I don’t remember so much about Paquita as working on variations in class. What she taught me was about the way she presented herself, the way she was dressed and her manner—that ballerina look, the way she conducted herself and the detail she taught us in those solos. But she was wonderful because she would let us do our thing, too. She was passing on, but then we had to incorporate it. And Doubrovksa was a real character. She had this little dog and it would run into the room first and she’d open the door and look in before she entered. She gave you a hard time if you yawned. Muriel Stuart: If you walked on your heels, she’d give you a real hard time. All of those things add to a dancer’s career.

As a teacher, are you concerned or worried about the next generation of dancers? What would you focus on?

I’m not concerned about the next generation. All I want to do is to pass on my knowledge and hope somebody can benefit from all my experiences. I like to work with my dancers on how to move, to cover space, to be fluid—it’s not just about the positions or the steps. And musicality. That’s one thing my mom stressed; it was very important to her that a dancer had musicality. It’s really difficult to teach somebody musicality. It doesn’t become counts, although, yes, there are certain ballets you have to count, but to be a really good dancer, you have to have a musicality. The more I teach, I see that there are some dancers who just don’t hear the music like they should for whatever the step is. It’s going to take them longer.

You have it. That’s why your performances are always different.

Well, that’s what I loved about watching Suzanne and Patty [McBride]. Especially Suzanne. She was musical in her own way. It was weird. She was hearing different things in the music and so, all of a sudden, you’d think, Oh yeah, that note. A lot of her roles are neat to dance because of that, because it’s not just the obvious.

How do you get into that zone? What do you do before a show? Not much, right?

I always think about how Balanchine said, “Don’t think, dear, just do.”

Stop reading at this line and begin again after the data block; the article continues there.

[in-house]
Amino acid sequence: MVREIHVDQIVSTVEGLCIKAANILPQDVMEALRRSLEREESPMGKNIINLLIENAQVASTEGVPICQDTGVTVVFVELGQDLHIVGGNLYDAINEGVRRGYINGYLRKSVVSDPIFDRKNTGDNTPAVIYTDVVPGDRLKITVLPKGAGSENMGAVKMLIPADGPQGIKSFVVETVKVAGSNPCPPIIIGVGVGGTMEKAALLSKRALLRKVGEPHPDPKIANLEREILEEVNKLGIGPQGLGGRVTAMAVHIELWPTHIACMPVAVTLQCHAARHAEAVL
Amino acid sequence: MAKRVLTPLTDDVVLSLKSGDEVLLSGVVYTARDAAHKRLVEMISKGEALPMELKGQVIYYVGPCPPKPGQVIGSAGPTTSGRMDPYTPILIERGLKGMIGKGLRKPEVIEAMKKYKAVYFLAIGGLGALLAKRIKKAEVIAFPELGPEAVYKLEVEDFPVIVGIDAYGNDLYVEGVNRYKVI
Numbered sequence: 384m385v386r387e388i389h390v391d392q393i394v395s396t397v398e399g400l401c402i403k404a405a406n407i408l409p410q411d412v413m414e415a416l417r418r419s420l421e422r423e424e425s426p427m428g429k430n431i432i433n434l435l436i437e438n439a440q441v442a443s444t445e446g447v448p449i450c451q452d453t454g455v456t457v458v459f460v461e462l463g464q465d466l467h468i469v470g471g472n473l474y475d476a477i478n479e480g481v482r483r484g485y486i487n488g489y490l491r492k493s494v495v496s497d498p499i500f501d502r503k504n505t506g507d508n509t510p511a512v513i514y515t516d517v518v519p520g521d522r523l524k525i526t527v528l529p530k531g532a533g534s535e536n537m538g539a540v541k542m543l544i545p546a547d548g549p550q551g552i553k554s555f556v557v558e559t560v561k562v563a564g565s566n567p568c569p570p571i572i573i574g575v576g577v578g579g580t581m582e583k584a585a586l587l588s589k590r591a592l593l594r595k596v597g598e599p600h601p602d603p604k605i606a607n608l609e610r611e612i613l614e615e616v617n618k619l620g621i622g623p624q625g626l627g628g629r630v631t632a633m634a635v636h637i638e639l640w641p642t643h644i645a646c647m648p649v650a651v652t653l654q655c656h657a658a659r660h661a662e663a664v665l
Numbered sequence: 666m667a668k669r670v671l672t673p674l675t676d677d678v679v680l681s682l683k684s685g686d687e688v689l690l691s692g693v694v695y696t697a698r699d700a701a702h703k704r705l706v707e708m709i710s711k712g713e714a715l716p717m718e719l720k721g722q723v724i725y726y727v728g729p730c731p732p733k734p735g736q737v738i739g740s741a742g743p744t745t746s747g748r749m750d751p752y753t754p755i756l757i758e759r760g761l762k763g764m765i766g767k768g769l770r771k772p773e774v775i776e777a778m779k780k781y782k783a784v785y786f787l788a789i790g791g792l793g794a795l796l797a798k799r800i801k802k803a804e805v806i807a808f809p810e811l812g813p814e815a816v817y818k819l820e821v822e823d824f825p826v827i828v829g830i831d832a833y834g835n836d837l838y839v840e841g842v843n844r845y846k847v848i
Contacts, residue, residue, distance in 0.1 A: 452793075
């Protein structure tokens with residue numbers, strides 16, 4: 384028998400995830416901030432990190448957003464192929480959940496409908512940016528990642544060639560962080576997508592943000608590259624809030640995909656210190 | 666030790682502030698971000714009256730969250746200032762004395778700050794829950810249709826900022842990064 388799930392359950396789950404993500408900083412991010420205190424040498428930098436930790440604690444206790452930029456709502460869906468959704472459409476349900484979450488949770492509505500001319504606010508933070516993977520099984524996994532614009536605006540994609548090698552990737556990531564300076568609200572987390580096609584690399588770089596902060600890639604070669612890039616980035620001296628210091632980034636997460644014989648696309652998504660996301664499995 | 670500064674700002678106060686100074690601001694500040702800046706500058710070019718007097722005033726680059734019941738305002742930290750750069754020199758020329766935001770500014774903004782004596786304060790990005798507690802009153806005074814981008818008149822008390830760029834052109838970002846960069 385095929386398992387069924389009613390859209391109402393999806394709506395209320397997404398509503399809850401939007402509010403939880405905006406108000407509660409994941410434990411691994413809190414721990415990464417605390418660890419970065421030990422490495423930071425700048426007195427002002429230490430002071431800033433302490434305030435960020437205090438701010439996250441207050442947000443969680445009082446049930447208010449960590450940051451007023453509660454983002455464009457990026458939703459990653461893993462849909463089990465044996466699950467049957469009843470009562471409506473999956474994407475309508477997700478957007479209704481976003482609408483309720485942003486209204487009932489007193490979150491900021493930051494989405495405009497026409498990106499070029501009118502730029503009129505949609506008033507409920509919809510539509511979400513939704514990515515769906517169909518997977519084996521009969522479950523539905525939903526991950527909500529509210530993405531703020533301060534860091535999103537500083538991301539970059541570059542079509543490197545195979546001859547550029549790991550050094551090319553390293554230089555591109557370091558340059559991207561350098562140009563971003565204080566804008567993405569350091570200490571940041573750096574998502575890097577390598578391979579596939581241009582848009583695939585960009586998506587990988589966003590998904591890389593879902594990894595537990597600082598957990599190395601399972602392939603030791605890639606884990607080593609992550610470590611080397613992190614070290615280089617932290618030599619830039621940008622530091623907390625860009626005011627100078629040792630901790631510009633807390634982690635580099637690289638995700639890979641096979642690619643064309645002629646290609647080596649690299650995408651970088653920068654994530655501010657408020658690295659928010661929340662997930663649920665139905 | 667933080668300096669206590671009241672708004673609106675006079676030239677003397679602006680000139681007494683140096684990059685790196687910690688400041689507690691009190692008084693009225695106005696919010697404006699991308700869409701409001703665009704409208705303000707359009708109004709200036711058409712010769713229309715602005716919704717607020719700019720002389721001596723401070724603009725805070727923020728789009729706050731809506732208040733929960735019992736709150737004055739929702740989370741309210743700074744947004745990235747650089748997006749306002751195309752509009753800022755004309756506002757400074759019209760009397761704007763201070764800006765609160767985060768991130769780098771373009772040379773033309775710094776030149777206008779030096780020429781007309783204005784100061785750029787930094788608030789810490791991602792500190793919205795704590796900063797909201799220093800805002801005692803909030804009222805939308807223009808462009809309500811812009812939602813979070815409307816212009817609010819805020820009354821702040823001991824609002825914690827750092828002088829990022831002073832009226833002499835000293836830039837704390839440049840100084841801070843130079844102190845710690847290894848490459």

What does that actually mean?

You spend lots of time refining each step so by the time you put a combination together, those steps should be in your body, and you shouldn’t have to think about them. You can just let the music pull you. A lot of times when you think too much, you can psyche yourself out—especially before a performance, when you start thinking: How many times does this go? I remember doing that when I first did Ballo dello Regina. I had been rehearsing for weeks! And my body would have just naturally done it, but I was thinking about it. It’s just like, never think about a ballet before you go to sleep. Your body knows it. It’s about trusting your body. Sally Leland taught me Ballo; and she was still dancing at the time, and I remember running down to her dressing room going, [Breathlessly] “How many times do I do that? [Laughs]

I got to watch Miranda Weese learn that ballet from Merrill Ashley.

I miss Miranda.

Me, too.

My dressing room is very empty. At least this season, when we did Liebeslieder, Rachel Rutherford was doing her part, so Miranda’s costume was still hanging. It felt like she’s still there.

You also shared a room with Heather Watts?

Oh, yeah for years! We were soloists together and we were promoted.

Did you have girl chats in your dressing room?

Yeah, we did. But at that point, we were dancing the same things and we were dancing all the time—one or two ballets a night. We’d go up to the dressing room and not know what we were dancing. It depended on where the Serenade costume was, where the Ballo costume was. It was just what side of the dressing room it was in. “I guess you do it, tonight!”

Miranda Weese told me that you helped her out a lot. Do you reach out to younger members of the company?

I try to. I haven’t done a lot of that because I just don’t know what they’re being told in terms of how they’re being coached on something. Sometimes, when I see them having difficulty I’ll try to tell them what would make it easier. But Miranda, I would help out. I really enjoyed Miranda because she’s just really down to earth and I’m the same way. I think the biggest thing we gave each other was just support. You know? There are a lot of ups and downs—just your own frustration with something. To have somebody there going, “Come on, you can do it,” or to give you a hug was always wonderful. I think that’s something that Miranda and I had.